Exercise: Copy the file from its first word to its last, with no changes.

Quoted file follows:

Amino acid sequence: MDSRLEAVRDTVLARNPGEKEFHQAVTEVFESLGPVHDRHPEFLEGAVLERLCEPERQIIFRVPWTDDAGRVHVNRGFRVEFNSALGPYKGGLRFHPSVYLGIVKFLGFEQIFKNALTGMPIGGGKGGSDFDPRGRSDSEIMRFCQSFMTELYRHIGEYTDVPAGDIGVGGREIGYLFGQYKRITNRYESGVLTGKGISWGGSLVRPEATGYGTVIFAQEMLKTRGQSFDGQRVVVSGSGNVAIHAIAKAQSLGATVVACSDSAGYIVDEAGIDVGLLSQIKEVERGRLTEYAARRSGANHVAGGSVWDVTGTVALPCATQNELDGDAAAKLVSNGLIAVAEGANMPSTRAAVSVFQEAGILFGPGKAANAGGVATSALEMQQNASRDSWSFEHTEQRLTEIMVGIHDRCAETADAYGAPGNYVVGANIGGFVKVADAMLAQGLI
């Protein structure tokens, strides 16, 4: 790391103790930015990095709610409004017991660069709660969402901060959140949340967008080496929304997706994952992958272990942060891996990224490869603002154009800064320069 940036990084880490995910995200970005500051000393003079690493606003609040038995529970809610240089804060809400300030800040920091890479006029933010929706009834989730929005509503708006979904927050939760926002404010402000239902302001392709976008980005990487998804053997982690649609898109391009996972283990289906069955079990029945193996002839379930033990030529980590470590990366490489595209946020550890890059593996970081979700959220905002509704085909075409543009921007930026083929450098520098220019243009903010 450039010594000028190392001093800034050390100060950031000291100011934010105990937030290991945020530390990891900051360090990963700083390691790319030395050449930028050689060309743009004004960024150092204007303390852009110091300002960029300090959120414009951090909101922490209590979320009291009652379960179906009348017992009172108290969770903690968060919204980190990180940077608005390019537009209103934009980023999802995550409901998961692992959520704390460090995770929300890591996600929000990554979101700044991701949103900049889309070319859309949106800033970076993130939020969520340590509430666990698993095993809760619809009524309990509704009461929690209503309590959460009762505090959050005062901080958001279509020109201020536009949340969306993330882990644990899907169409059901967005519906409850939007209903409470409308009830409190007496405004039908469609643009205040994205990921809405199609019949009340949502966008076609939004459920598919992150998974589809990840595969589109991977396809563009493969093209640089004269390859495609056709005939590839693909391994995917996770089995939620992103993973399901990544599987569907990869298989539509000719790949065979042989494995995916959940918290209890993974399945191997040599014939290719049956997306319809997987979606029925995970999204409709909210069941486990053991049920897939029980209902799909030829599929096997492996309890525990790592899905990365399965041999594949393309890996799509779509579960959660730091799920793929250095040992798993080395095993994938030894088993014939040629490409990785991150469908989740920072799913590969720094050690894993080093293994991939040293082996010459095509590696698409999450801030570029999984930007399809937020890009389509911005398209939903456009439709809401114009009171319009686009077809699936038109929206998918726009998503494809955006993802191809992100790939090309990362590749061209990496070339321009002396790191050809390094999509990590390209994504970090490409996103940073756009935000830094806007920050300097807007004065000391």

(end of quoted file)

Amino acid sequence: MDSRLEAVRDTVLARNPGEKEFHQAVTEVFESLGPVHDRHPEFLEGAVLERLCEPERQIIFRVPWTDDAGRVHVNRGFRVEFNSALGPYKGGLRFHPSVYLGIVKFLGFEQIFKNALTGMPIGGGKGGSDFDPRGRSDSEIMRFCQSFMTELYRHIGEYTDVPAGDIGVGGREIGYLFGQYKRITNRYESGVLTGKGISWGGSLVRPEATGYGTVIFAQEMLKTRGQSFDGQRVVVSGSGNVAIHAIAKAQSLGATVVACSDSAGYIVDEAGIDVGLLSQIKEVERGRLTEYAARRSGANHVAGGSVWDVTGTVALPCATQNELDGDAAAKLVSNGLIAVAEGANMPSTRAAVSVFQEAGILFGPGKAANAGGVATSALEMQQNASRDSWSFEHTEQRLTEIMVGIHDRCAETADAYGAPGNYVVGANIGGFVKVADAMLAQGLI
């Protein structure tokens, strides 16, 4: 790391103790930015990095709610409004017991660069709660969402901060959140949340967008080496929304997706994952992958272990942060891996990224490869603002154009800064320069 940036990084880490995910995200970005500051000393003079690493606003609040038995529970809610240089804060809400300030800040920091890479006029933010929706009834989730929005509503708006979904927050939760926002404010402000239902302001392709976008980005990487998804053997982690649609898109391009996972283990289906069955079990029945193996002839379930033990030529980590470590990366490489595209946020550890890059593996970081979700959220905002509704085909075409543009921007930026083929450098520098220019243009903010 450039010594000028190392001093800034050390100060950031000291100011934010105990937030290991945020530390990891900051360090990963700083390691790319030395050449930028050689060309743009004004960024150092204007303390852009110091300002960029300090959120414009951090909101922490209590979320009291009652379960179906009348017992009172108290969770903690968060919204980190990180940077608005390019537009209103934009980023999802995550409901998961692992959520704390460090995770929300890591996600929000990554979101700044991701949103900049889309070319859309949106800033970076993130939020969520340590509430666990698993095993809760619809009524309990509704009461929690209503309590959460009762505090959050005062901080958001279509020109201020536009949340969306993330882990644990899907169409059901967005519906409850939007209903409470409308009830409190007496405004039908469609643009205040994205990921809405199609019949009340949502966008076609939004459920598919992150998974589809990840595969589109991977396809563009493969093209640089004269390859495609056709005939590839693909391994995917996770089995939620992103993973399901990544599987569907990869298989539509000719790949065979042989494995995916959940918290209890993974399945191997040599014939290719049956997306319809997987979606029925995970999204409709909210069941486990053991049920897939029980209902799909030829599929096997492996309890525990790592899905990365399965041999594949393309890996799509779509579960959660730091799920793929250095040992798993080395095993994938030894088993014939040629490409990785991150469908989740920072799913590969720094050690894993080093293994991939040293082996010459095509590696698409999450801030570029999984930007399809937020890009389509911005398209939903456009439709809401114009009171319009686009077809699936038109929206998918726009998503494809955006993802191809992100790939090309990362590749061209990496070339321009002396790191050809390094999509990590390209994504970090490409996103940073756009935000830094806007920050300097807007004065000391």